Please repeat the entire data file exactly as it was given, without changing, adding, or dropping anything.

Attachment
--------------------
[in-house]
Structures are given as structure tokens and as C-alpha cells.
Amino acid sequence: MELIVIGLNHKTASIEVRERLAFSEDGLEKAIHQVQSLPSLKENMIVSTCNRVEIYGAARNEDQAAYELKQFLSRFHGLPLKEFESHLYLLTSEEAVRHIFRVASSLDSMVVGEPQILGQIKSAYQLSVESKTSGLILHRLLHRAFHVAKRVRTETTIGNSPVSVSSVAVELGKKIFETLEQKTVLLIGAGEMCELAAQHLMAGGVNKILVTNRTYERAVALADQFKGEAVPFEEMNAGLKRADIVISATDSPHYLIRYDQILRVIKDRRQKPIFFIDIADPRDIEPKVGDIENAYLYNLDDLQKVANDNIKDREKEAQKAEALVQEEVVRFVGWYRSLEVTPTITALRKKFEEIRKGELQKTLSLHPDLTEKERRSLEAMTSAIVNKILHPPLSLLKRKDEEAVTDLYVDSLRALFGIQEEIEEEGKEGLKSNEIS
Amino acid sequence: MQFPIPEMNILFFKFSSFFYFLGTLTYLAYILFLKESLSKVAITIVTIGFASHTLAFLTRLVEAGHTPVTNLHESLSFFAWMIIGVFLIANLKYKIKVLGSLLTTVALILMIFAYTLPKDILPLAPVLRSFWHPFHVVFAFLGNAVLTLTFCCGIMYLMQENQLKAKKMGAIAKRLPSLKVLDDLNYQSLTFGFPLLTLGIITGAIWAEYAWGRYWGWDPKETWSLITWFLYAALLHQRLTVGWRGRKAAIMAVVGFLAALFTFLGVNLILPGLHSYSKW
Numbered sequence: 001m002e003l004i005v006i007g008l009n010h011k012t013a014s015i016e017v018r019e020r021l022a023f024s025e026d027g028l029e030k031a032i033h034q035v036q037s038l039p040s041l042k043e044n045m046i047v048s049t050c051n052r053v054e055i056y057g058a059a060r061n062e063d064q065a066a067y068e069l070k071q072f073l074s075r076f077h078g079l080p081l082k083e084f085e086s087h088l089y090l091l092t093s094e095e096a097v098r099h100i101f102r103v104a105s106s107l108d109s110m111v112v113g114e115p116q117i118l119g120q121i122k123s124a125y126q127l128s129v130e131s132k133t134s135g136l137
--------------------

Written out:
[in-house]
Structures are given as structure tokens and as C-alpha cells.
Amino acid sequence: MELIVIGLNHKTASIEVRERLAFSEDGLEKAIHQVQSLPSLKENMIVSTCNRVEIYGAARNEDQAAYELKQFLSRFHGLPLKEFESHLYLLTSEEAVRHIFRVASSLDSMVVGEPQILGQIKSAYQLSVESKTSGLILHRLLHRAFHVAKRVRTETTIGNSPVSVSSVAVELGKKIFETLEQKTVLLIGAGEMCELAAQHLMAGGVNKILVTNRTYERAVALADQFKGEAVPFEEMNAGLKRADIVISATDSPHYLIRYDQILRVIKDRRQKPIFFIDIADPRDIEPKVGDIENAYLYNLDDLQKVANDNIKDREKEAQKAEALVQEEVVRFVGWYRSLEVTPTITALRKKFEEIRKGELQKTLSLHPDLTEKERRSLEAMTSAIVNKILHPPLSLLKRKDEEAVTDLYVDSLRALFGIQEEIEEEGKEGLKSNEIS
Amino acid sequence: MQFPIPEMNILFFKFSSFFYFLGTLTYLAYILFLKESLSKVAITIVTIGFASHTLAFLTRLVEAGHTPVTNLHESLSFFAWMIIGVFLIANLKYKIKVLGSLLTTVALILMIFAYTLPKDILPLAPVLRSFWHPFHVVFAFLGNAVLTLTFCCGIMYLMQENQLKAKKMGAIAKRLPSLKVLDDLNYQSLTFGFPLLTLGIITGAIWAEYAWGRYWGWDPKETWSLITWFLYAALLHQRLTVGWRGRKAAIMAVVGFLAALFTFLGVNLILPGLHSYSKW
Numbered sequence: 001m002e003l004i005v006i007g008l009n010h011k012t013a014s015i016e017v018r019e020r021l022a023f024s025e026d027g028l029e030k031a032i033h034q035v036q037s038l039p040s041l042k043e044n045m046i047v048s049t050c051n052r053v054e055i056y057g058a059a060r061n062e063d064q065a066a067y068e069l070k071q072f073l074s075r076f077h078g079l080p081l082k083e084f085e086s087h088l089y090l091l092t093s094e095e096a097v098r099h100i101f102r103v104a105s106s107l108d109s110m111v112v113g114e115p116q117i118l119g120q121i122k123s124a125y126q127l128s129v130e131s132k133t134s135g136l137